At the station end, supporters of the Moynihan/Penn Station First alternative believe that an improved and expanded Moynihan/Penn Station will greatly increase peak-hour capacity by improving operations as well as passenger access to platforms, and that a huge capital expenditure on a new terminal is not required to improve capacity. Joseph M. Clift, former director of Planning for the Long Island Rail Road and now one of the most vocal advocates for the Moynihan/Penn Station First alternative, says that the LIRR schedules a train in and out on each track of Penn Station every fifteen minutes. If NJT and Amtrak can duplicate this operation on the twelve tracks available for their use at the existing Penn Station (Tracks 1 through 12), 42 trains could be scheduled during the busiest sixty minutes of the morning commuting peak; 36 on NJT and six on Amtrak (allowing two 15-minute “slots” for each Amtrak train). Eventual expansion to the East Side would further increase capacity, along with adding access to a part of the city with more offices than the West Side has.

So far, Amtrak has been unwilling to endorse the Moynihan/Penn Station First alternative that the advocates support. Amtrak officials are aware of the implications of the overall ARC Project, and some of them have had experience in the affected region. Amtrak is also concerned about funding. Funding for both Amtrak and local transit is problematic as transit providers cut service and raise fares, and Amtrak continues to receive fewer Federal dollars than it requests. This has been a constant problem throughout Amtrak’s four decades of existence and it continues to be, despite a ridership that grows every year. From an operational standpoint, it does not make sense that Amtrak would not officially acknowledge the Moynihan/Penn Station First alternative, which would solve Amtrak’s reliability problem west of Penn Station on the NEC, while also drawing funding from New Jersey and New York.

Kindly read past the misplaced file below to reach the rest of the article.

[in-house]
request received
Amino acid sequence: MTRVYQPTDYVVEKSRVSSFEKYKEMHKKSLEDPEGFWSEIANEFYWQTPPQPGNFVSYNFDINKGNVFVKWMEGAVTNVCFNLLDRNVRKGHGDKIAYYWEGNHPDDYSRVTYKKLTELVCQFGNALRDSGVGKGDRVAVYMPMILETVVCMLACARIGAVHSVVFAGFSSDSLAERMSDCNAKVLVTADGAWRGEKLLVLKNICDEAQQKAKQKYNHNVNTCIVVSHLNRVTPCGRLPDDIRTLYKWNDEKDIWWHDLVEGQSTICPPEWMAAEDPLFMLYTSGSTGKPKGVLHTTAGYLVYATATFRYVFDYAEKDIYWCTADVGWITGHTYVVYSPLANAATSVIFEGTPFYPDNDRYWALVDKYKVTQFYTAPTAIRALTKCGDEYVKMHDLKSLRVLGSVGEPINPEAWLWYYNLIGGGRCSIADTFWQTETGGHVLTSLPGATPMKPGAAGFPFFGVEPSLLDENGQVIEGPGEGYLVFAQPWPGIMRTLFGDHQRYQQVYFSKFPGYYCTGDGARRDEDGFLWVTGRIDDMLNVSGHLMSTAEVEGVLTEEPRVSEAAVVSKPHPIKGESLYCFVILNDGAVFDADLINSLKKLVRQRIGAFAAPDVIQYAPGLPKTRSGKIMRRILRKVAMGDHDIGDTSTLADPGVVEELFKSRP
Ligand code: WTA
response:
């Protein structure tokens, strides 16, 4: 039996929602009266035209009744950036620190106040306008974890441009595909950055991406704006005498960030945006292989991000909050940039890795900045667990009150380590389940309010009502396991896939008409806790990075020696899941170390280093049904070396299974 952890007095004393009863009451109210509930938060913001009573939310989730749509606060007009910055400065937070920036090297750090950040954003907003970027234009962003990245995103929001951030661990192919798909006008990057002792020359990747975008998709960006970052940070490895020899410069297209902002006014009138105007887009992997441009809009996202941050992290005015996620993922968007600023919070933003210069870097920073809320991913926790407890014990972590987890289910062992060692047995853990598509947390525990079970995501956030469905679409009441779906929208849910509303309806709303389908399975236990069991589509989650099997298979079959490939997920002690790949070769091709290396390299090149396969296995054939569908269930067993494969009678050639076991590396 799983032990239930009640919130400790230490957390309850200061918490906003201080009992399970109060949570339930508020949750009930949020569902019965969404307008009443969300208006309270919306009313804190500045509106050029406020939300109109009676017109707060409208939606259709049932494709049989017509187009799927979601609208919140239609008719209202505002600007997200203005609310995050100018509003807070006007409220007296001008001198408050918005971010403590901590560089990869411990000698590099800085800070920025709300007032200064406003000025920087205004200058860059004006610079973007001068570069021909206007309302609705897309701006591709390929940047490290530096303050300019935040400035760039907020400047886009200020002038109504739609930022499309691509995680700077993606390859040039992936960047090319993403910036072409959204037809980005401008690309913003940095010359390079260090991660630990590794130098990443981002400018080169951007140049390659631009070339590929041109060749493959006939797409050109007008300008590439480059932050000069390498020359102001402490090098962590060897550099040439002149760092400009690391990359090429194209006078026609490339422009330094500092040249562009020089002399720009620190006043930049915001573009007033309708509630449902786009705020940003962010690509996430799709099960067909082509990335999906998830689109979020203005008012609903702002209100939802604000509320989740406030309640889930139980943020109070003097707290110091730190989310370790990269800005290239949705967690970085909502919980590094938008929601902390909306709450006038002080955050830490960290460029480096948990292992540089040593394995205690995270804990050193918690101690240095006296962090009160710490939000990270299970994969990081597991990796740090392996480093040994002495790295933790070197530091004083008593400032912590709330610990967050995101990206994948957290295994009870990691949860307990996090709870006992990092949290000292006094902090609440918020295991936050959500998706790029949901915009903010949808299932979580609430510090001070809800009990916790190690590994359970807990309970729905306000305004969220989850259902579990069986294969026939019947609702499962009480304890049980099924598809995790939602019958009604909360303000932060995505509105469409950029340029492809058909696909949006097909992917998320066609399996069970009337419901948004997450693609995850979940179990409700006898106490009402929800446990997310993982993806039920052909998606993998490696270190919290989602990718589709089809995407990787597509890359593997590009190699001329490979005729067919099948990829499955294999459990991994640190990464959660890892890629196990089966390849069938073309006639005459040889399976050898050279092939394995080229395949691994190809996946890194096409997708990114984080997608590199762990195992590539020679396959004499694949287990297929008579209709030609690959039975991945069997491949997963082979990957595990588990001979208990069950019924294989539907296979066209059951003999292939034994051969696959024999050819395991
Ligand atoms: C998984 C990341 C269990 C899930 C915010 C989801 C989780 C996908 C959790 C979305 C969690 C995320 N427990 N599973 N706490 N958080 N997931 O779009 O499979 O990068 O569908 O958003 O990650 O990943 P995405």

There are now three alternatives under consideration. The first is for New Jersey to go ahead on the current plan, including the proposed deep-cavern terminal. The second is to scrap the entire project. The third choice is Moynihan/Penn Station First.